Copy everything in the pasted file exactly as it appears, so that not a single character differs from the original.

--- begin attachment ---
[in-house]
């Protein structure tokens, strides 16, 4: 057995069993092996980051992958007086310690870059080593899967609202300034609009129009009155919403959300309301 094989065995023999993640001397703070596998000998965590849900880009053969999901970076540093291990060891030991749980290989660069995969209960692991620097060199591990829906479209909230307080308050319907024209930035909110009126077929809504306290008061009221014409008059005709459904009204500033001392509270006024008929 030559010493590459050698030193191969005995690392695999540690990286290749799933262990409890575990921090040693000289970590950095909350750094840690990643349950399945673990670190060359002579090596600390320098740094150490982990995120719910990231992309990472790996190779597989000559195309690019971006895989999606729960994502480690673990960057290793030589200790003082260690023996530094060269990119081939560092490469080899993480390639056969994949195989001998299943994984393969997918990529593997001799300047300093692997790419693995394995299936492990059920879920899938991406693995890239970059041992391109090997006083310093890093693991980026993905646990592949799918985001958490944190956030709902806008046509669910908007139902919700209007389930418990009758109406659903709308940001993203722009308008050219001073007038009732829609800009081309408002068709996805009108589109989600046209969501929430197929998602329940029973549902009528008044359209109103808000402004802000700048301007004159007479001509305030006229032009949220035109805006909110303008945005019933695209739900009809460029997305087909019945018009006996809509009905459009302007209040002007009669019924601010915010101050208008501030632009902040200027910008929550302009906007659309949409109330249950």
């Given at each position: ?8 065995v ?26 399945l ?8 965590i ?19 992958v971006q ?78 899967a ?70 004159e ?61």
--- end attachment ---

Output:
[in-house]
């Protein structure tokens, strides 16, 4: 057995069993092996980051992958007086310690870059080593899967609202300034609009129009009155919403959300309301 094989065995023999993640001397703070596998000998965590849900880009053969999901970076540093291990060891030991749980290989660069995969209960692991620097060199591990829906479209909230307080308050319907024209930035909110009126077929809504306290008061009221014409008059005709459904009204500033001392509270006024008929 030559010493590459050698030193191969005995690392695999540690990286290749799933262990409890575990921090040693000289970590950095909350750094840690990643349950399945673990670190060359002579090596600390320098740094150490982990995120719910990231992309990472790996190779597989000559195309690019971006895989999606729960994502480690673990960057290793030589200790003082260690023996530094060269990119081939560092490469080899993480390639056969994949195989001998299943994984393969997918990529593997001799300047300093692997790419693995394995299936492990059920879920899938991406693995890239970059041992391109090997006083310093890093693991980026993905646990592949799918985001958490944190956030709902806008046509669910908007139902919700209007389930418990009758109406659903709308940001993203722009308008050219001073007038009732829609800009081309408002068709996805009108589109989600046209969501929430197929998602329940029973549902009528008044359209109103808000402004802000700048301007004159007479001509305030006229032009949220035109805006909110303008945005019933695209739900009809460029997305087909019945018009006996809509009905459009302007209040002007009669019924601010915010101050208008501030632009902040200027910008929550302009906007659309949409109330249950």
């Given at each position: ?8 065995v ?26 399945l ?8 965590i ?19 992958v971006q ?78 899967a ?70 004159e ?61």